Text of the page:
Mental Health Advocate: A Nigerian woman aims to raise public's awareness on mental illnesses
Updated 08:22, 13-Nov-2018
Mental health is one subject that is hardly discussed in public or regarded as a serious health challenge in Nigeria. But one young Nigerian woman is on a mission to change that and somehow, she is making huge headway. CGTN's Deji Badmus has more details.
At just 26, she is Nigeria's youngest mental health Coach. Her organization, SheWritesWoman, is dedicated to creating awareness about mental health and provide vital help for victims of a problem people on this part of the world know little about and choose to silent on.
HAUWA OJEIFO, FOUNDER SHEWRITESWOMAN "SheWritesWoman, I like to say, is a movement. It's a movement about of love, hope and support for women in particular, who live in one form of emotional, behavioral or psychological challenge. And what we are doing essentially is trying to normalize the conversation around mental heal and take back the already misinformed narrative mental health in the society."
Her entire work and life as a mental health Coach stems from her own personal experience.
HAUWA OJEIFO, FOUNDER SHEWRITESWOMAN "What I realized, for much of my life, was that I used to have these extreme highs and extreme lows. But people would usually say oh she has mood swings. That is how she is. That's just her personality. That's just who she is. And I used to take it. But I always felt they were certain times I was trapped in myself."
In addition to the extremes, Hauwa suffered sexual and physical abuse. And at some stage, attempted to commit suicide. She later sought help at a psychiatric facility where was diagnosed with Bipolar Disorder and Post Traumatic Stress Disorder.
HAUWA OJEIFO, FOUNDER SHEWRITESWOMAN "Getting that diagnoses, rather than being in denial for me, was closure because I was like finally, I get that there is something wrong and I realized the importance of community support and speaking out and making feel that it's ok to talk. And it was that need, that is part of SheWritesWoman. The need to express and be myself regardless of all that had happened to me in the past or all I was going through to just be empowered to be me and have that sense of self-acceptance. So I started SheWriteswoman purely from therapeutic point of view but it grew and I attracted other women."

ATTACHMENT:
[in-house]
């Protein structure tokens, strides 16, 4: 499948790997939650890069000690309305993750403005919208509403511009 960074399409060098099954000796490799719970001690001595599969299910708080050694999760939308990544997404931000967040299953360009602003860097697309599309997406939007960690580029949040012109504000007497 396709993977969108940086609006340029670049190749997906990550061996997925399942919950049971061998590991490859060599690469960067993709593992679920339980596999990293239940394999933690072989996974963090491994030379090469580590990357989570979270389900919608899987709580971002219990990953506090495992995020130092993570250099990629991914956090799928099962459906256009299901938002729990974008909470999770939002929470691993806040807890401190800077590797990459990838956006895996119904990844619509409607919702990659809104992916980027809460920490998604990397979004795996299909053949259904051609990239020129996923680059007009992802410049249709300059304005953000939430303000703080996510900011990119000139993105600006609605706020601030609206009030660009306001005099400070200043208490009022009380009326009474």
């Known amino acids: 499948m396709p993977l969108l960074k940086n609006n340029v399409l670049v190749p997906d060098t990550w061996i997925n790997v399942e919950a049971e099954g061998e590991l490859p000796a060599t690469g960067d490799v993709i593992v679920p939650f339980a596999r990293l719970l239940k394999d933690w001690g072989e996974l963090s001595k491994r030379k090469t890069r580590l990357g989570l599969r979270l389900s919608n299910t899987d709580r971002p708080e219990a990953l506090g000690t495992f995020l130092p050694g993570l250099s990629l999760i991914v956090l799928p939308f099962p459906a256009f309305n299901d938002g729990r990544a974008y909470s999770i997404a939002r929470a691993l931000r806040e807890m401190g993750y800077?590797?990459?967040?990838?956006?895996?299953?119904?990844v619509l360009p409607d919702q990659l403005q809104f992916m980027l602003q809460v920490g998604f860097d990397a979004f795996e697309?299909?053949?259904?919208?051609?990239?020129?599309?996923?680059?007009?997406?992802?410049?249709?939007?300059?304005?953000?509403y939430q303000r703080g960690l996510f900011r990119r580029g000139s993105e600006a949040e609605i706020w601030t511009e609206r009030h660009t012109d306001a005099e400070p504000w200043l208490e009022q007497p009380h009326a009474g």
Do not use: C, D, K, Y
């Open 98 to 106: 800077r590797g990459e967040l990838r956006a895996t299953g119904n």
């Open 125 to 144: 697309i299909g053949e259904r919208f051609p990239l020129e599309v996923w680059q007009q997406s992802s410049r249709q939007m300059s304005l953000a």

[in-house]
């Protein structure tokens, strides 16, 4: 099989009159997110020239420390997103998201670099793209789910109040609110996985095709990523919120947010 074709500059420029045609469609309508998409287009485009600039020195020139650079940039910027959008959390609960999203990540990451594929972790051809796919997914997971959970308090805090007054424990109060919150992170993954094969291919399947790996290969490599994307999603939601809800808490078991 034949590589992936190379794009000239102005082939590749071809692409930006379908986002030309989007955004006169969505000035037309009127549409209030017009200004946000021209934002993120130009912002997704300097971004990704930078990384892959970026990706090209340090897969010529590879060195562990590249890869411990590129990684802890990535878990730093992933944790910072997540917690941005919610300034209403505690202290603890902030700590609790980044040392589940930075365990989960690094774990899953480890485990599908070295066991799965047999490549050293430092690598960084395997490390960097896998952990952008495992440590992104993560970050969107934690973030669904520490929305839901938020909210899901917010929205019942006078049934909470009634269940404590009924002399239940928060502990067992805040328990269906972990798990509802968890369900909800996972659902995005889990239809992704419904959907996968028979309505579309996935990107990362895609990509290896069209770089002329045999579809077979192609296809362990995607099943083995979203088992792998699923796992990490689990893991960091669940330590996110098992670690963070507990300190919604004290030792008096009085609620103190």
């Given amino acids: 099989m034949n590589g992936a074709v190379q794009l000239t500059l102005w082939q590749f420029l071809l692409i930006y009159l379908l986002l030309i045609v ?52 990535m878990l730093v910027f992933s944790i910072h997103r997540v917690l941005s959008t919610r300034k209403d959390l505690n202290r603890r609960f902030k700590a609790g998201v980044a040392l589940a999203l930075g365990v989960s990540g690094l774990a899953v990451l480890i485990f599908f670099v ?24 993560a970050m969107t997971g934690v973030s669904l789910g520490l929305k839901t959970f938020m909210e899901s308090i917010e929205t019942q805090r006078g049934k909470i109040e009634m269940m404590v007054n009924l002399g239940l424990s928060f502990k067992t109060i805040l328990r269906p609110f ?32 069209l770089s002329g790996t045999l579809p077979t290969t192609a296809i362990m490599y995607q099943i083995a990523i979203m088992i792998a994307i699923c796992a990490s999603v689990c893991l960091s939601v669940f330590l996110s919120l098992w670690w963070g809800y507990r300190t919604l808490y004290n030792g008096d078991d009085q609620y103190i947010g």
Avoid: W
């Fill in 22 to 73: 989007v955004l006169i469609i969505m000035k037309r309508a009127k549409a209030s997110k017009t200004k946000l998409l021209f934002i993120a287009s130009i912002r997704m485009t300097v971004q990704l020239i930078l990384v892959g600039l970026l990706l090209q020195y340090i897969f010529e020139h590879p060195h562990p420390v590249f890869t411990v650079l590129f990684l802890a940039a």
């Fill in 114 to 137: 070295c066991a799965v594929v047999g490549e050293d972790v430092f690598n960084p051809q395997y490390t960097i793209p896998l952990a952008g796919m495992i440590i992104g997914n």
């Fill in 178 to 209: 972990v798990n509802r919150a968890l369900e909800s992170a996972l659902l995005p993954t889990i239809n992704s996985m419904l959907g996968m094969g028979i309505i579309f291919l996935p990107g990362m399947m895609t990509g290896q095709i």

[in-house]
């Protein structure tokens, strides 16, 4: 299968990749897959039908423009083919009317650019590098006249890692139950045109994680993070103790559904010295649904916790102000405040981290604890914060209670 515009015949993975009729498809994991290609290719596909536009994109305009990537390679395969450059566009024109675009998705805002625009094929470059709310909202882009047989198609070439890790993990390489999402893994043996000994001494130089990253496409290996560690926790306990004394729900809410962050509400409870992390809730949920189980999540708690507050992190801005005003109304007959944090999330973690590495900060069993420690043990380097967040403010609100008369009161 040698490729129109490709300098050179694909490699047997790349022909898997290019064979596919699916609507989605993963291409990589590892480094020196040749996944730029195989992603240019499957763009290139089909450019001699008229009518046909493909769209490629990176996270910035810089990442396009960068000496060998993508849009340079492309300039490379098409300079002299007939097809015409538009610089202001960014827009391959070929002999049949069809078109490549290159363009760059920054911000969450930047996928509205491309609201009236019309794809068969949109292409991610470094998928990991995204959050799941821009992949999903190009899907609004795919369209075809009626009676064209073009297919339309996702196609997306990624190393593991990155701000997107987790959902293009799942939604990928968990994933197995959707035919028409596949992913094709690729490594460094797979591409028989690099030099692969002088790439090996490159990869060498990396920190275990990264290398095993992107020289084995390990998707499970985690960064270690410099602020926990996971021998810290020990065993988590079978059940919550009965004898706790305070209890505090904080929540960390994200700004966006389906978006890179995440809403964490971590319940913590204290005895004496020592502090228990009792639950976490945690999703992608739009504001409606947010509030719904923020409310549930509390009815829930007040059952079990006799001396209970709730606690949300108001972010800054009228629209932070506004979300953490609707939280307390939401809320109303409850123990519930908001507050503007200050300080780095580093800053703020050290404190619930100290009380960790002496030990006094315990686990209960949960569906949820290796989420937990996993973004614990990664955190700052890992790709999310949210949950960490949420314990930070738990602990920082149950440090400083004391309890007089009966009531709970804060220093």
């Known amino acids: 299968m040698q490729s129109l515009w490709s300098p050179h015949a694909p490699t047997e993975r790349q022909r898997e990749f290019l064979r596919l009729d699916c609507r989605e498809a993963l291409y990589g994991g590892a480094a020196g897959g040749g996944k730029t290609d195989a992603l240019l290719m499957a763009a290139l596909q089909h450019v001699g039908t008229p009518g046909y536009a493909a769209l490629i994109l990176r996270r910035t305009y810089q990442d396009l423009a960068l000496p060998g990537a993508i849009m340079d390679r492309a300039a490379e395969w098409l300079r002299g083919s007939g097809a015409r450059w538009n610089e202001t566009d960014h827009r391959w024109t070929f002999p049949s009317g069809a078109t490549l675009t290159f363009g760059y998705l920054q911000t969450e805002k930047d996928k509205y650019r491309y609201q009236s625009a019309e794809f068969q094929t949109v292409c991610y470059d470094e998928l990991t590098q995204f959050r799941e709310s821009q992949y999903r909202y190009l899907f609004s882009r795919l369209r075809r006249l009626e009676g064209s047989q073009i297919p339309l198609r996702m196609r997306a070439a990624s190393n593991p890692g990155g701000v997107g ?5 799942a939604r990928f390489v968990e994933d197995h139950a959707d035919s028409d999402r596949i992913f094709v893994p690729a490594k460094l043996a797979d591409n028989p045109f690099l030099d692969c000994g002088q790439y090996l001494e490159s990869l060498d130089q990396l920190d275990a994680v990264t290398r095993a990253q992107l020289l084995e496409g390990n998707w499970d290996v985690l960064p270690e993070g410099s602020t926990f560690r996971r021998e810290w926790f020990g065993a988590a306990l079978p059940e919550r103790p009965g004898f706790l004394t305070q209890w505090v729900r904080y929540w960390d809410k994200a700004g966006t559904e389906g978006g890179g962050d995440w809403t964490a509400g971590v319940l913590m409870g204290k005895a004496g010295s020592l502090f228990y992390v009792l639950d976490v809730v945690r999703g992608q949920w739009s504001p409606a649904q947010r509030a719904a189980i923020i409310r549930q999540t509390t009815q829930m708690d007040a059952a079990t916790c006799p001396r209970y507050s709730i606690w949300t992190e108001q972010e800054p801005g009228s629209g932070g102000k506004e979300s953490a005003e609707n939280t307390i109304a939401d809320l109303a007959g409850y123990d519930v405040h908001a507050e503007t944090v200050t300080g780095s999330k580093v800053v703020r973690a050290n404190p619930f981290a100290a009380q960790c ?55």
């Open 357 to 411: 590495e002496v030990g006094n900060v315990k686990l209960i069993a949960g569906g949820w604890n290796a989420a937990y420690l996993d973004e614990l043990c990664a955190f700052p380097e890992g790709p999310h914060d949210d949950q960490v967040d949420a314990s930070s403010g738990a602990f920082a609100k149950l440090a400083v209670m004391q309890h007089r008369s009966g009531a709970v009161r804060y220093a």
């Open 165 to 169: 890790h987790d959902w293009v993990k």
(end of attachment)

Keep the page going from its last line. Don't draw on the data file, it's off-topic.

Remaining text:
Today, with her SheWritesWoman Organisation, Hauwa has become a vital voice in the fight against mental health, helping to tackle the stigma associated with it and assist victims to recover. From 2016, when she set up her organisation, Hauwa says she's been able to impact 125,000 persons indirectly.
HAUWA OJEIFO, FOUNDER SHEWRITESWOMAN "In terms of direct impact, we quantify that in terms of three key initiatives that we have with the first being our health line, which we have received over 600 calls from and we have averted over 60 cases of obvious suicide. Because we are based in Lagos, a lot of our calls are coming from Lagos. But we have also seen calls from about 20 other States in Nigeria. We have seen from South Africa, Tanzania. We have received from UK and US and even Canada as well. We talk about our support group, which is our flagship initiative, which is called Safe Place. It's a monthly support group where we bring in women together and offer them some sort of therapy and accountability system and a ready made support system because we know the complexities of living with mental health in Nigeria."
Hauwa has received quite a number of awards for her work. In June this year, she was one of three Nigerians presented with the prestigious Queens Young Leaders Award by Queen Elizabeth the second.
HAUWA OJEIFO, FOUNDER SHEWRITESWOMAN "It was such a surreal moment because it felt like, in that moment, every single thing that had happened just right to get me to that moment and it was such a big deal because it literally put mental health on the front stage, on this big platform, where we can amplify the voices of people who are living with mental health challenges."
Hauwa still plans big things with her advocacy on mental health. She is already collaborating with other partners to set up Nigeria's first toll-free mental health helpline. And she believes the narrative on mental health is now changing in Nigeria.
HAUWA OJEIFO, FOUNDER SHEWRITESWOMAN "I believe what we have laid the ground for and how, not just about mental health advocacy but how we do what we do, has had such a tremendous impact on how people talk about mental health. On how people view hope for people living with mental health challenges and how people now view the mental health story."